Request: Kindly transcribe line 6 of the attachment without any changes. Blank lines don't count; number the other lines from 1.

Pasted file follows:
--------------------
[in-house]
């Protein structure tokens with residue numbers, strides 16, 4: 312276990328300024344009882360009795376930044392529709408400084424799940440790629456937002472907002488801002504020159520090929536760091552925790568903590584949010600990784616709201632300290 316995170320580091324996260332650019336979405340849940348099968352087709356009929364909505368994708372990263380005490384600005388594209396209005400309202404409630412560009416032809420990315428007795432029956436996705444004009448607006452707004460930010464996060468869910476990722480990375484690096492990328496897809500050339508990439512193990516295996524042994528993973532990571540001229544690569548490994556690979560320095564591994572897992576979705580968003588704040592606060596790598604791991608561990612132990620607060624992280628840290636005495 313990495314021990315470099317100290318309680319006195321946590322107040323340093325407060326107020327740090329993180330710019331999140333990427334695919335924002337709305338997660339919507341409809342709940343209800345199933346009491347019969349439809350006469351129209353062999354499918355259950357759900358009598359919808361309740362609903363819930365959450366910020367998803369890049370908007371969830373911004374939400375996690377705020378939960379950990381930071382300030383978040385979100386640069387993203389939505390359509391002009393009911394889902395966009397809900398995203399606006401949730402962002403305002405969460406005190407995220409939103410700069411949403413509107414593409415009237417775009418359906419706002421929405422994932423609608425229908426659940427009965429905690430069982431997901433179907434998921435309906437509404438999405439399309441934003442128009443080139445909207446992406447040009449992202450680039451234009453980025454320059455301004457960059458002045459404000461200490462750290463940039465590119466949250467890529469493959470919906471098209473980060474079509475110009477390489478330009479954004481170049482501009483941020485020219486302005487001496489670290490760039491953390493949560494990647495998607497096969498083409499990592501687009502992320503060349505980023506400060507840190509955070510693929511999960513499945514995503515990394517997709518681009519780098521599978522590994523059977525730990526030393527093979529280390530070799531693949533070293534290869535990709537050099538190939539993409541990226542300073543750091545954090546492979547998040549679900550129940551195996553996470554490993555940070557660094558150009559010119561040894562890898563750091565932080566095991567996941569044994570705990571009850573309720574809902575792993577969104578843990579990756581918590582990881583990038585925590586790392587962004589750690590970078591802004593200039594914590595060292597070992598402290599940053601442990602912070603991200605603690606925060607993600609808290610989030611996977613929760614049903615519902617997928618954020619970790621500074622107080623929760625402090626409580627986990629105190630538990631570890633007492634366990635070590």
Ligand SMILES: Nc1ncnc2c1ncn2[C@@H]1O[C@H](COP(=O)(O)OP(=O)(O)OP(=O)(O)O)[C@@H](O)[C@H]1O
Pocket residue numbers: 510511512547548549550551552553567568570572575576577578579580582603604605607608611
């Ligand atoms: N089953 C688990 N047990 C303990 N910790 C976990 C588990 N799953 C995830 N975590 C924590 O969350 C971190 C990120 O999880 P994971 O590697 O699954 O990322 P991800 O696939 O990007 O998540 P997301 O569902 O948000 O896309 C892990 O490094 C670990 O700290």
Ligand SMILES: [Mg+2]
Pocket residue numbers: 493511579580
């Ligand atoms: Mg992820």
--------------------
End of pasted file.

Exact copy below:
Ligand SMILES: [Mg+2]